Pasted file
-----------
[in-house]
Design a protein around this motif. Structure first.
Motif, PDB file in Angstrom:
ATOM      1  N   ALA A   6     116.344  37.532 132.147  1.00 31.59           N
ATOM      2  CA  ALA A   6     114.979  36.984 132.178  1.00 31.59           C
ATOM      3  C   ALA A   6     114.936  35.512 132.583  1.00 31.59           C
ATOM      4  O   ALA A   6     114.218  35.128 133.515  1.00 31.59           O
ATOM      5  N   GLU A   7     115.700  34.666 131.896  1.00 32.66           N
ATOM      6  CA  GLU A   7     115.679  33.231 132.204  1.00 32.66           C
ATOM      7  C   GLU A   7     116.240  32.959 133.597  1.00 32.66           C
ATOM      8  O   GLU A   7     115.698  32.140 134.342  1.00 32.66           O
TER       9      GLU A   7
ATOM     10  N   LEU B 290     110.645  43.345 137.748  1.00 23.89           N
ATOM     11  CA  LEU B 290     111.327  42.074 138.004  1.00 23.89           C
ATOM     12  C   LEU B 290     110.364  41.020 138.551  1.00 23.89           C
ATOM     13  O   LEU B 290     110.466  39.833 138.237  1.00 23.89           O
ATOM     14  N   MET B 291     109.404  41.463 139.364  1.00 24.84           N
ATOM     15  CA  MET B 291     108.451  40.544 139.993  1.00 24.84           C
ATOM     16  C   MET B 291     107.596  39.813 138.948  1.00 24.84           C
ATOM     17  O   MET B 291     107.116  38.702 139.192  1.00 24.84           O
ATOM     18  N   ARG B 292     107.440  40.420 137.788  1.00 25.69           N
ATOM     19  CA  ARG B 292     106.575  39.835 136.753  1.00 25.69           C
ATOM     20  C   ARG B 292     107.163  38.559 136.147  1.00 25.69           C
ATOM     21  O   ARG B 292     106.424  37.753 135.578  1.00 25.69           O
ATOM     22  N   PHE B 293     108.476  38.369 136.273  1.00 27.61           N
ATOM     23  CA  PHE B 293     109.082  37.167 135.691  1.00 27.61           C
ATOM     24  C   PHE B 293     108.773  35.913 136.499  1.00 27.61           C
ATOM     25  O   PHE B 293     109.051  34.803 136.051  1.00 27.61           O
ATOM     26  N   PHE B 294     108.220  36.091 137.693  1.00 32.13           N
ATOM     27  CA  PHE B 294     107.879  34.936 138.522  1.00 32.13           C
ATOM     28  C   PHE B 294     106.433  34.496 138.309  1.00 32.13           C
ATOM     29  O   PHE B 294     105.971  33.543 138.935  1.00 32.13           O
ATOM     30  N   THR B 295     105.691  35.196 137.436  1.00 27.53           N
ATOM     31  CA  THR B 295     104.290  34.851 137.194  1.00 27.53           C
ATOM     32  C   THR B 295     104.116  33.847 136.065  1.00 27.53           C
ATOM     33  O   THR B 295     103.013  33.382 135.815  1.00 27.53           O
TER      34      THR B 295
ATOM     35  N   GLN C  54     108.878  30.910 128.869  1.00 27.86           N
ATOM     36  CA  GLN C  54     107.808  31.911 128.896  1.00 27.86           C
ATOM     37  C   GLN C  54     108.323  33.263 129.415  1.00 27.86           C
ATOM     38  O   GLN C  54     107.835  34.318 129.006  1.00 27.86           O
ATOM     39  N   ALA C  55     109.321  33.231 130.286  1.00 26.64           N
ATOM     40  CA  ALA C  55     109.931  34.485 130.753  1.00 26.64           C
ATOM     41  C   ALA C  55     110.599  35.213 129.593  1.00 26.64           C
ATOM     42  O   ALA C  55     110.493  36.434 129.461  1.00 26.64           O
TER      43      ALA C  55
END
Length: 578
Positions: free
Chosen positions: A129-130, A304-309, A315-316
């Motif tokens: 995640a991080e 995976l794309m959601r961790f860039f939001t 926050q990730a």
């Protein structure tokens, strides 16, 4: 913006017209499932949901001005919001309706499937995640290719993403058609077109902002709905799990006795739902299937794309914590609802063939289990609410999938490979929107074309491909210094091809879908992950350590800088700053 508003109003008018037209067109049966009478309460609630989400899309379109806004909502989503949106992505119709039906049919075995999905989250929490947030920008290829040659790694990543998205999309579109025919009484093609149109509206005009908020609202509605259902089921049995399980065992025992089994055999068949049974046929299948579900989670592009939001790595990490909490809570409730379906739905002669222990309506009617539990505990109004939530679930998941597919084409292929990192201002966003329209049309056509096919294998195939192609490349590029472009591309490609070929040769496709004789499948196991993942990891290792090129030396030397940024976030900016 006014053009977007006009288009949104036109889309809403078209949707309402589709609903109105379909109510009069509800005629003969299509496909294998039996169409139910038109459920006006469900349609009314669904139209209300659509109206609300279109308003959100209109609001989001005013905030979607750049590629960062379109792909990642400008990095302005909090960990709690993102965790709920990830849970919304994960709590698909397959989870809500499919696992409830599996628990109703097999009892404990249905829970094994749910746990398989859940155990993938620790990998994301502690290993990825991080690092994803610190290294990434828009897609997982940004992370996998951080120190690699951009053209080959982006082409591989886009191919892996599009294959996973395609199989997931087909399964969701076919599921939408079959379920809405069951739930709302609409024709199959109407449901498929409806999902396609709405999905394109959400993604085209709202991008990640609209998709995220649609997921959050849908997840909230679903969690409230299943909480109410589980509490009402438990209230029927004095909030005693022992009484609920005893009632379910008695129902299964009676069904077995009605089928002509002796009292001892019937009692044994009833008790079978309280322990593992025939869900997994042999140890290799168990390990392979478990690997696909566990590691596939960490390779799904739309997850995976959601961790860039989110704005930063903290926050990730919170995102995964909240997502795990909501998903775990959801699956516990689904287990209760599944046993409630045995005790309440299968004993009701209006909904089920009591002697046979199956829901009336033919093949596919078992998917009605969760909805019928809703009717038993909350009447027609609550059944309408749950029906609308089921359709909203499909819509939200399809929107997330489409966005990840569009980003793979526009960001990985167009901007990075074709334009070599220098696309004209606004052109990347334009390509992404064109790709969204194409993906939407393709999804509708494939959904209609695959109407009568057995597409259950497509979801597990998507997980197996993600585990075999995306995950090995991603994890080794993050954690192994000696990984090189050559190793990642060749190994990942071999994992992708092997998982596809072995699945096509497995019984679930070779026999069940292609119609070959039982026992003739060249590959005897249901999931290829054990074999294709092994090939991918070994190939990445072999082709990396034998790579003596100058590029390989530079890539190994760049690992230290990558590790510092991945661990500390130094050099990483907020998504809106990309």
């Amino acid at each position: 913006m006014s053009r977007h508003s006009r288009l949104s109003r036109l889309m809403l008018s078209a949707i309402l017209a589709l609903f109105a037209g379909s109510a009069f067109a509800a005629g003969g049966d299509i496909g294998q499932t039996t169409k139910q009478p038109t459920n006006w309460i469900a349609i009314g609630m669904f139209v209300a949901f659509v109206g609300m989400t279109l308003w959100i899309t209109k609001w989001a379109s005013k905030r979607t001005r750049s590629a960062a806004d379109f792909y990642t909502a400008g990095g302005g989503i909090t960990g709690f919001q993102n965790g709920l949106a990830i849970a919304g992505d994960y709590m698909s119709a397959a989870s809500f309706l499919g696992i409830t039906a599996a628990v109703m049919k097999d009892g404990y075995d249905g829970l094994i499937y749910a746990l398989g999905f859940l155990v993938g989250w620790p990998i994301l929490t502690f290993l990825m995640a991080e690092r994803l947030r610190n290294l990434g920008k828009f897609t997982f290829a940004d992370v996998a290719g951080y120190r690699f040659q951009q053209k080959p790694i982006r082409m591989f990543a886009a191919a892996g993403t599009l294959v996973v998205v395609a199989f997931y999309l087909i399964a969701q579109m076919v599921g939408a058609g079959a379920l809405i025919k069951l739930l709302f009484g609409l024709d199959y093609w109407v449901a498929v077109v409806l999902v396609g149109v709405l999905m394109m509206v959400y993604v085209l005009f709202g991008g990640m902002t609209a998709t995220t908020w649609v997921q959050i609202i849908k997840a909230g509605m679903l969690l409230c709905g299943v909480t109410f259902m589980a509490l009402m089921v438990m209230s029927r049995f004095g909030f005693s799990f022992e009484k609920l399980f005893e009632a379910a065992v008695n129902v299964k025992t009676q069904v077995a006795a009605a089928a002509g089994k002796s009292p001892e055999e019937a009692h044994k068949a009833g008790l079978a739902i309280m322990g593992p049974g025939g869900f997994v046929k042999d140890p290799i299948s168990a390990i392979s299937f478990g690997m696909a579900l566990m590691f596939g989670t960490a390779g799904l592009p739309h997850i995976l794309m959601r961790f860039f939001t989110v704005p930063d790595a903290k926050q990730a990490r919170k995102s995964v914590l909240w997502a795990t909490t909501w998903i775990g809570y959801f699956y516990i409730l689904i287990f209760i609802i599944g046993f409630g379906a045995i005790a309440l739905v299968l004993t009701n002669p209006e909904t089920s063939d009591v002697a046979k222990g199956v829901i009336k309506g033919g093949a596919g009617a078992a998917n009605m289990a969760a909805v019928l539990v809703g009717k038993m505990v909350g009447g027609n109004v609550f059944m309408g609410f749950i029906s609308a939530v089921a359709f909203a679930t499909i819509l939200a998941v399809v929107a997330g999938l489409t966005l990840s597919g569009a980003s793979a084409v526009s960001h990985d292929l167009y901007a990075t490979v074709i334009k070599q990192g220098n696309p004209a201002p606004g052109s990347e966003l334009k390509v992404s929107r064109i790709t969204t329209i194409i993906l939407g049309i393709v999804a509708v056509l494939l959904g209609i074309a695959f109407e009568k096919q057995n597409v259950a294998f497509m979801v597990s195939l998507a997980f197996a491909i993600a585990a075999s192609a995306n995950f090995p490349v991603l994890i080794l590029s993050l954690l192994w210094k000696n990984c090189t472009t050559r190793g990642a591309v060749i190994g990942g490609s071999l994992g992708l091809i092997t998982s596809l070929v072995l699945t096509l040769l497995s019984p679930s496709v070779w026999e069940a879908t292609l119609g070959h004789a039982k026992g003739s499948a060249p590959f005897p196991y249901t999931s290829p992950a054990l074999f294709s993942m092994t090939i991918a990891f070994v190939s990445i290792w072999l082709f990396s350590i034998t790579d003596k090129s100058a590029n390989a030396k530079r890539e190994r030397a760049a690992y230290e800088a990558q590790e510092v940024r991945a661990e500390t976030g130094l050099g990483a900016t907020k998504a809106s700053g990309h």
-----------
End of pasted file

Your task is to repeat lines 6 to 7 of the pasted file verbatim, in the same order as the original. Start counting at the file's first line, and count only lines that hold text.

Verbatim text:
ATOM      3  C   ALA A   6     114.936  35.512 132.583  1.00 31.59           C
ATOM      4  O   ALA A   6     114.218  35.128 133.515  1.00 31.59           O